US/CAN Print Date: 24th September 2013
Format: Large (Trade) Paperback R.R.P.: US$14.99 CAN$16.99
Ebook Date: 24th September 2013
Format: Epub & Mobi R.R.P.: £5.49 / US$6.99
While this novel is his first epic fantasy, James A. Moore has been working in the horror field for some years now. After reading this book, I’m glad he’s turned his hand to epic fantasy. Seven Forges was one of the best books I’ve read this year. I’d like to thank Angry Robot Books for providing me with an e-ARC.
There are a number of viewpoint characters, but the main character is a mercenary named Merros Dulver. He’s leading an expedition through the Blasted Lands to a chain of mountains known as the Seven Forges. It turns out there is an entire valley on the other side of the Forges. An inhabited valley, and the inhabitants have been waiting for Dulver. Not the expedition he’s leading, but Dulver himself. Before he goes to meet with him, one of the women traveling with the expedition prophesies about what will happen to him after he leaves.
The inhabitants of this region are some serious badasses. They believe each mountain is the home of one of their gods, and their gods are gods of war. While some of these gods believe in mercy, not all of them do. And their worshipers’ devotion to them is absolute. They follow the directions of their gods without hesitation.
Dulver brings a contingent of them back with him to the Empire of Fellein. He and the person who hired him, a sorcerer who has served as advisor to the Emperor for hundreds of years, hope to establish peaceful relations with the strangers. Of course, the words “war is coming” on the cover above the title should tell you that’s probably not going to happen.
I’m not spoiling anything by telling you that. It’s obvious where the story is heading to anyone who is paying attention. What Moore does is use that knowledge to build tension. Something is going to go wrong, but what? And when? Who will end up dead? (You know people will.)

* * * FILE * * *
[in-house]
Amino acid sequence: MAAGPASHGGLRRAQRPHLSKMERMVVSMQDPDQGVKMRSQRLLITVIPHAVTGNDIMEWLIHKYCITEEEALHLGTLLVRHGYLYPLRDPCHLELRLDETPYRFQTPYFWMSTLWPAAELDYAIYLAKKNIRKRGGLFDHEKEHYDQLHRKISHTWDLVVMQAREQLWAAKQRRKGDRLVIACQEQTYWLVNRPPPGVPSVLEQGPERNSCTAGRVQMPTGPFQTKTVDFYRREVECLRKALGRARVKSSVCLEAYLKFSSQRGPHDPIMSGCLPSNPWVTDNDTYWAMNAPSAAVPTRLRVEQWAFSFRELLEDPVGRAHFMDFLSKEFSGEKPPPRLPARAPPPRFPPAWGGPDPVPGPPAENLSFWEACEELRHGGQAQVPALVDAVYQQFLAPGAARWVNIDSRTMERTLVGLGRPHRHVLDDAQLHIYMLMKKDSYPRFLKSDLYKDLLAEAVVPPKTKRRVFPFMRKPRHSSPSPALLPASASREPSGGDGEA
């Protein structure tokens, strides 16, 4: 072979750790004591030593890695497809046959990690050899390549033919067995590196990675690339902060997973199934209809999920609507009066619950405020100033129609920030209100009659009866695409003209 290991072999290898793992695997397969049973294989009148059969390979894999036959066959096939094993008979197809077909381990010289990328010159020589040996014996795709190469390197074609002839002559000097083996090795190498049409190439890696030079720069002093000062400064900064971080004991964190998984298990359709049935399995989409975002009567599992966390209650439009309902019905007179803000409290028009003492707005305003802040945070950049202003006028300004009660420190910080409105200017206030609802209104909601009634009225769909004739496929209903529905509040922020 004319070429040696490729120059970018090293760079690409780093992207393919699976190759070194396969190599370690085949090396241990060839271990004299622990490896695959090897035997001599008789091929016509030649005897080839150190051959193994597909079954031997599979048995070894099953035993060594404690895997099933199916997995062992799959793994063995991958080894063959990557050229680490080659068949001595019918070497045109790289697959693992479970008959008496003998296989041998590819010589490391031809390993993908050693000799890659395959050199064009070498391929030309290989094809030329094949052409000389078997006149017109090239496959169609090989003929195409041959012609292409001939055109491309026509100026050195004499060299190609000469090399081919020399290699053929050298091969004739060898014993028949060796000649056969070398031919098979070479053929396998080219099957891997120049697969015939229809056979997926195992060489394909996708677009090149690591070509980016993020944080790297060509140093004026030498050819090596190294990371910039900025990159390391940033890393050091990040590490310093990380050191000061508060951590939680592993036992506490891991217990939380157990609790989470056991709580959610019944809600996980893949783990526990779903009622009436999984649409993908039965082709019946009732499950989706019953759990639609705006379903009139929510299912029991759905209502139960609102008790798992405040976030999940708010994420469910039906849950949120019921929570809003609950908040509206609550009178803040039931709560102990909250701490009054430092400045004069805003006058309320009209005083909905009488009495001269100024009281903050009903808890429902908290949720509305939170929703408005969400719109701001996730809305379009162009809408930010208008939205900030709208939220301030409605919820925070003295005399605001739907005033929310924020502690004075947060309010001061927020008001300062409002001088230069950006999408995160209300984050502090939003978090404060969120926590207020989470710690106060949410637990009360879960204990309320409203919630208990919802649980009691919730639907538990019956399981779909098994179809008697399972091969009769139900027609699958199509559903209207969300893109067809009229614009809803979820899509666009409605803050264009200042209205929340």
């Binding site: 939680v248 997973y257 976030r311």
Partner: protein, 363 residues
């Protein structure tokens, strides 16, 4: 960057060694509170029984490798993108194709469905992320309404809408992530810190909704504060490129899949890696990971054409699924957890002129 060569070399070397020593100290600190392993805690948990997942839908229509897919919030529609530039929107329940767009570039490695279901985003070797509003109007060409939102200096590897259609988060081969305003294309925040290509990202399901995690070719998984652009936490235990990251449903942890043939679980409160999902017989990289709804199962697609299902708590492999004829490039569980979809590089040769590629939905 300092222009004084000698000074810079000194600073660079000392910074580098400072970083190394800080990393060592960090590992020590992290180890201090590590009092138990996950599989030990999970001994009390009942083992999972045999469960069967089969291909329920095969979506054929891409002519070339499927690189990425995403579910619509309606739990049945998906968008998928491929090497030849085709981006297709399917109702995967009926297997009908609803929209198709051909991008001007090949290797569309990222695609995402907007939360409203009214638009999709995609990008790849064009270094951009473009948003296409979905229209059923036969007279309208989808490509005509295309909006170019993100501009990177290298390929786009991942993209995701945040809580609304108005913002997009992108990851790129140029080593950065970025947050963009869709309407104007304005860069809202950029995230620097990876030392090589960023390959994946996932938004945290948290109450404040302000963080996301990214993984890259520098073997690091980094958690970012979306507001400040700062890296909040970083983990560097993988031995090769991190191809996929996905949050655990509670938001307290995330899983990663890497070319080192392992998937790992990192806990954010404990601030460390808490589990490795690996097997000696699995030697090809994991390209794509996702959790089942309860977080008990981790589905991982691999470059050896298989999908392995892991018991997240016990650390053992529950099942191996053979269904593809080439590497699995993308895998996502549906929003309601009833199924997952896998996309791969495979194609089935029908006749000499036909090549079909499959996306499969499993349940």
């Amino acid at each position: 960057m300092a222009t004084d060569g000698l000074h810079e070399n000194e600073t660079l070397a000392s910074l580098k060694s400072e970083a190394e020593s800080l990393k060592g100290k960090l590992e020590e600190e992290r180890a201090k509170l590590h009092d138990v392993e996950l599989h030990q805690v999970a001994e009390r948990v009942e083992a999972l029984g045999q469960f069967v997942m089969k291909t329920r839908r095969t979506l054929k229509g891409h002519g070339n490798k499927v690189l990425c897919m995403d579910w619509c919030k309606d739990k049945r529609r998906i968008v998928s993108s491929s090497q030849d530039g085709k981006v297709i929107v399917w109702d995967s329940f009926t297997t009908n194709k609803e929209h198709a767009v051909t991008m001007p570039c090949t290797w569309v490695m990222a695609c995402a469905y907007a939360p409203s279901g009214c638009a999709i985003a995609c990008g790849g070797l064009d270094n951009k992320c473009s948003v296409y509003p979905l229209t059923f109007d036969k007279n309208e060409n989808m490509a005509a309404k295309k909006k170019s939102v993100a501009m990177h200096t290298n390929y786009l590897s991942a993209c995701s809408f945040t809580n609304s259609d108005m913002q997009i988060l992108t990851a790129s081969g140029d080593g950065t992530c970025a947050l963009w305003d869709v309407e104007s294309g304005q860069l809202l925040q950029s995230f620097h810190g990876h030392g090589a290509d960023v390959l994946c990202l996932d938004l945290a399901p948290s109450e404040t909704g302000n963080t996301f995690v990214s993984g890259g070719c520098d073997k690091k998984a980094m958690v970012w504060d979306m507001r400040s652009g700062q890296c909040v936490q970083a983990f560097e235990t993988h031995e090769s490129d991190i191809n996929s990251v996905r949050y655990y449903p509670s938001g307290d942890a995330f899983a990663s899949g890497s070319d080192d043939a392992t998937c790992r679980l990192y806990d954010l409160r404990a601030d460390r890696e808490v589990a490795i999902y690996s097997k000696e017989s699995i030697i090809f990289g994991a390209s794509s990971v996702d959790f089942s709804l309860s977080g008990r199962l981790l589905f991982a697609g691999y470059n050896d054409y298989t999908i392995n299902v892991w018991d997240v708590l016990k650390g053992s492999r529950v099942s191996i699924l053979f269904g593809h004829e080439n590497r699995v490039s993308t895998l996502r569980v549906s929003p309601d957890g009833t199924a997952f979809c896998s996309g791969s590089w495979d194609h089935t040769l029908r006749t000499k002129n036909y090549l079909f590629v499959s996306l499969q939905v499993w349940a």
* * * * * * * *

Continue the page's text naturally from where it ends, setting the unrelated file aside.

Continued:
Moore develops his cast well, fleshing out all the major players and many of the minor ones. He makes you care about them. There were a couple of places where I felt some of the foreshadowing was a bit on the heavy side, but that’s a minor quibble. The other quibble was that the e-ARC didn’t have a map. I was almost done with the book before I realized I had the geography turned around in my head. Hopefully, the print edition will have a map. If not, then maybe in the second book, which is scheduled for release sometime next year.
Moore handles the story and the different characters well. He hints at things that make you wonder and want to know more. His fight scenes are visceral and compelling. The political intrigues are multi-layered. We get enough glimpses of the magic system, or systems probably is more accurate, to want to know more about how magic works. Pay attention to what Moore tells you. Pay attention to what he doesn’t.
I finished Severn Forges in four nights, staying up later than I should to do so. It’s not often I’ll stop and reread a scene, but I did more than once. I’m looking forward to see where Moore takes the story next. The prophecy Dulver received early in the book hasn’t been completely fulfilled yet.
Angry Robot hasn’t posted an excerpt yet, or I would include it here. It hits shelves on this side of the Atlantic on Tuesday, in the UK ten days later. Preorder your copy now so you won’t have to wait longer than necessary.